FRONTMAN: Caleb Followill has seen "Use Somebody" become a… (Christopher Berkey / For…)
Caleb Followill will be trembling in his black leather ankle boots when the Record of the Year prize is announced tonight at the Grammy Awards. "Use Somebody," the hugely popular power ballad by Kings of Leon, is nominated in that category and three others. That gives the 28-year-old singer, songwriter and guitarist four chances to get up on stage and choke.
"Our family gets to see it. That's the only reason I go to the Grammys," said Followill during a wine-soaked interview at Giovanni Ristorante, across the street from his recently purchased Nashville luxury apartment, a week before the awards ceremony.
Family is important to Followill; the other members of the Kings are his older brother Nathan on drums, his younger brother Jared on bass and his cousin Matthew on guitar. "The Grammys are a scary place for me. I fight panic attacks, so it's not a fun time for me. If we win and we have to go up there and talk I probably won't say a word. I won't be able to."
Followill is given to declarations like this one, somehow both modest and a bit overblown. They complement his persona, which persuasively melds the hedonistic bravado of macho guitar slingers with the insecurities of sensitive indie-rock types.
Kings of Leon has become the emblematic band of the new decade by resurrecting the sound and spirit of rock's classic era for a generation that doesn't view the music as necessarily heroic or transformative. Combining the blues strut of the Rolling Stones with the jitters of post- punk bands like Joy Division and, more recently, the reach of U2, the Kings of Leon do what great pop does -- they transcend any specific root or subculture to make something universal. And "Use Somebody," with its churchy chorus and what Caleb calls its "double meaning" of mercenary lust melting into loneliness and soul hunger, was a perfect anthem for a troubled year like 2009.
Taylor Swift, Beyoncé and Lady Gaga might wind up trumping the Kings for Grammy statues, but "Use Somebody" stands as a song that's crossed borders and made many unlikely fans. It's one of only four rock songs in recent history to top four Billboard charts at once, including the mainstream and alternative Top 40 tallies. No less than Jay-Z called it his favorite song of last year in a recent Village Voice interview, saying it was rivaled in his book only by the Kings' more carnal but equally lofty "Sex on Fire" (which last year earned the Grammy for best rock performance by a duo or group with vocals).
Artists can't stop covering "Use Somebody." Nick Jonas and Nickelback both perform it in concert; English soul songbird Pixie Lott, avant-pop chanteuse Natasha Khan ( Bat for Lashes) and Jay-Z protégé Bridget Kelly have recorded it; Nashville emo band Paramore scored a YouTube hit after performing it live for the BBC.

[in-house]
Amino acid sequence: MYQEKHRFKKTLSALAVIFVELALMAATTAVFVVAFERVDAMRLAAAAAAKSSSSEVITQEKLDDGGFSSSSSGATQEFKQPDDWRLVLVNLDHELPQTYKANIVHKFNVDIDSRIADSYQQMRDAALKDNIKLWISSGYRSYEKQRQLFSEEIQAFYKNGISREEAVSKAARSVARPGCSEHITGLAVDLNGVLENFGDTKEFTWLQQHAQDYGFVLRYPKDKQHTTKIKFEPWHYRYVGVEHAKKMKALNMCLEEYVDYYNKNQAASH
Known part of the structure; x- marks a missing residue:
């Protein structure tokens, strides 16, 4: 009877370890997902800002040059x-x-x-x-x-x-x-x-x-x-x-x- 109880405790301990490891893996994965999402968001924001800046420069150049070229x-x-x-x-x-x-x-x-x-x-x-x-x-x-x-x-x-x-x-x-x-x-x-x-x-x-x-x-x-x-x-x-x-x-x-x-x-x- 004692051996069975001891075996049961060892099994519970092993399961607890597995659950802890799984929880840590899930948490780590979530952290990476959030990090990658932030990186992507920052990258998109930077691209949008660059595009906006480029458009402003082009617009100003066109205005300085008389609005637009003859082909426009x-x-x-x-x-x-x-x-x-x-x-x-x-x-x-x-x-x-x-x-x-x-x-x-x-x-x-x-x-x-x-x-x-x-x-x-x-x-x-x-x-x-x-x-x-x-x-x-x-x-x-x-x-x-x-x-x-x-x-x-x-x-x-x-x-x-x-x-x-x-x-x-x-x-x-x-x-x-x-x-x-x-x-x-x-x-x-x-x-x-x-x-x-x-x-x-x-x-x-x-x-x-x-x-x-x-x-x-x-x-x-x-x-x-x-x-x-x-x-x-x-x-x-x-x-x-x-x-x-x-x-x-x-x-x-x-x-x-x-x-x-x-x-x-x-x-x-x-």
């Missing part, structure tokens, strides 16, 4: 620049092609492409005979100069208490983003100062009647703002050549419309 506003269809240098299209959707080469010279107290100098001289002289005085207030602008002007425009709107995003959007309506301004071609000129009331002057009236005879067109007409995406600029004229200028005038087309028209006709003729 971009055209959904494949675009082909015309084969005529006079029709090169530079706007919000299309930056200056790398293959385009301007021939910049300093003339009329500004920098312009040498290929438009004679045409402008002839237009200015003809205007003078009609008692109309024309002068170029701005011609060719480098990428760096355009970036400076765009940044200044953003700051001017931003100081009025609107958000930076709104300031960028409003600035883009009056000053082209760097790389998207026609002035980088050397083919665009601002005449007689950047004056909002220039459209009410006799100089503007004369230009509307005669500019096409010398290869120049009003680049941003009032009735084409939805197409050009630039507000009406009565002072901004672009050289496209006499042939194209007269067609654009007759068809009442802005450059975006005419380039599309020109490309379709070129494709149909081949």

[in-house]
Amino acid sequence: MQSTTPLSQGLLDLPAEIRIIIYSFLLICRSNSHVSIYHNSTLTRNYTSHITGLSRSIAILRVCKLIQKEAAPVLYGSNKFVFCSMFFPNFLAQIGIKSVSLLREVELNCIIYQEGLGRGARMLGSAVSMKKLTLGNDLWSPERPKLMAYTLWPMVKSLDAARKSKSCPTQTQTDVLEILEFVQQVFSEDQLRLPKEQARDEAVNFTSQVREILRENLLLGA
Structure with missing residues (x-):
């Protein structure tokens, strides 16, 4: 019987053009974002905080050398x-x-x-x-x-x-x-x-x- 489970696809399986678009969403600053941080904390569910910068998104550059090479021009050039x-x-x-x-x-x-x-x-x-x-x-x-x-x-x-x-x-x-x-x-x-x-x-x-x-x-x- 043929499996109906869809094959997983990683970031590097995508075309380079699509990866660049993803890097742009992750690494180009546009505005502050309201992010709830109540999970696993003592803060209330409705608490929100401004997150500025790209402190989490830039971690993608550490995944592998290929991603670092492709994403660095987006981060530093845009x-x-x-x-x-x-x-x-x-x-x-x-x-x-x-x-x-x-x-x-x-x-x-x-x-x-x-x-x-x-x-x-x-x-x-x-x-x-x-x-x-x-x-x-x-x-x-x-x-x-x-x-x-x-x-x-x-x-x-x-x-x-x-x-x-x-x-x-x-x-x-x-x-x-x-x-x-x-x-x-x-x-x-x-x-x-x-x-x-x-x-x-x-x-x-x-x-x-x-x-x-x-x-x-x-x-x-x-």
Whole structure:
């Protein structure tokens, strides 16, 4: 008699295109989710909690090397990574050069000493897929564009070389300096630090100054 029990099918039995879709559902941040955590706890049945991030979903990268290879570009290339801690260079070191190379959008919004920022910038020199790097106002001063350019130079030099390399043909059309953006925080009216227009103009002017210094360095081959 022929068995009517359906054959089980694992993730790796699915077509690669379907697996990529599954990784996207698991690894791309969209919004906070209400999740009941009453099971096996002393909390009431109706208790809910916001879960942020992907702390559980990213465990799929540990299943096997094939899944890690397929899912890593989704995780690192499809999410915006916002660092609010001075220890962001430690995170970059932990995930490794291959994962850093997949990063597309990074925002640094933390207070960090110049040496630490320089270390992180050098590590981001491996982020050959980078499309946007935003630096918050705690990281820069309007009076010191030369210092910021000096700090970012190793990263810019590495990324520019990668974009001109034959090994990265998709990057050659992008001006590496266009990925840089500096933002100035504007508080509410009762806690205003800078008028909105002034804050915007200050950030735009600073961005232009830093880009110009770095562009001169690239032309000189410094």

"It was a perfect song for us to cover because I enjoy singing anything that's soulful," said Paramore's lead singer, Hayley Williams, in an e-mail. "All Caleb's vocal lines are extremely soulful. It could almost be any genre. And that versatility really shined when we were able to strip the song down acoustically. It didn't affect the power of the lyrics or anything because good art is good art no matter how someone translates it."
All this praise makes Caleb Followill uncomfortable. He's recently taken to telling journalists that he wants to "shoot himself in the head" when he hears "Use Somebody" -- he's sick of it and prefers to listen to late Texas troubadours like Townes Van Zandt and Blaze Foley, whom he claims as a current main influence. Yet he admits that he hit on something special when he followed through on the phrase he first uttered to his siblings on a desolate night during a long tour.
"It's kind of a hook," he said. "When you see it on paper and you think, it's Kings of Leon, he's going to be talking about some one-night thing. But really it's just the opposite of that. At the end of the day no matter who you are, you're gonna have those moments when you need someone to help you out."
Becoming the Kings
Kings of Leon had a story before they were a band, and it took some time for the group to make music that lived up to it.
Raised on the road by a traveling Pentecostal preacher and his home-schooling wife, Caleb and his older brother Nathan, 30, weren't allowed to indulge in much popular culture as kids -- only the occasional Stones or Neil Young cassette that their dad played while driving. "When you grow up in the back seat of a car, the window is your television," said Caleb. "It was just about, where do you want to go with your mind?"
The land of pretend gave way to musical collaboration when the Followills' parents divorced and the family settled down outside of Nashville. Nathan Followill, who spoke in a separate interview at his house nestled in the trees above the Music City, said that the road seemed obvious then.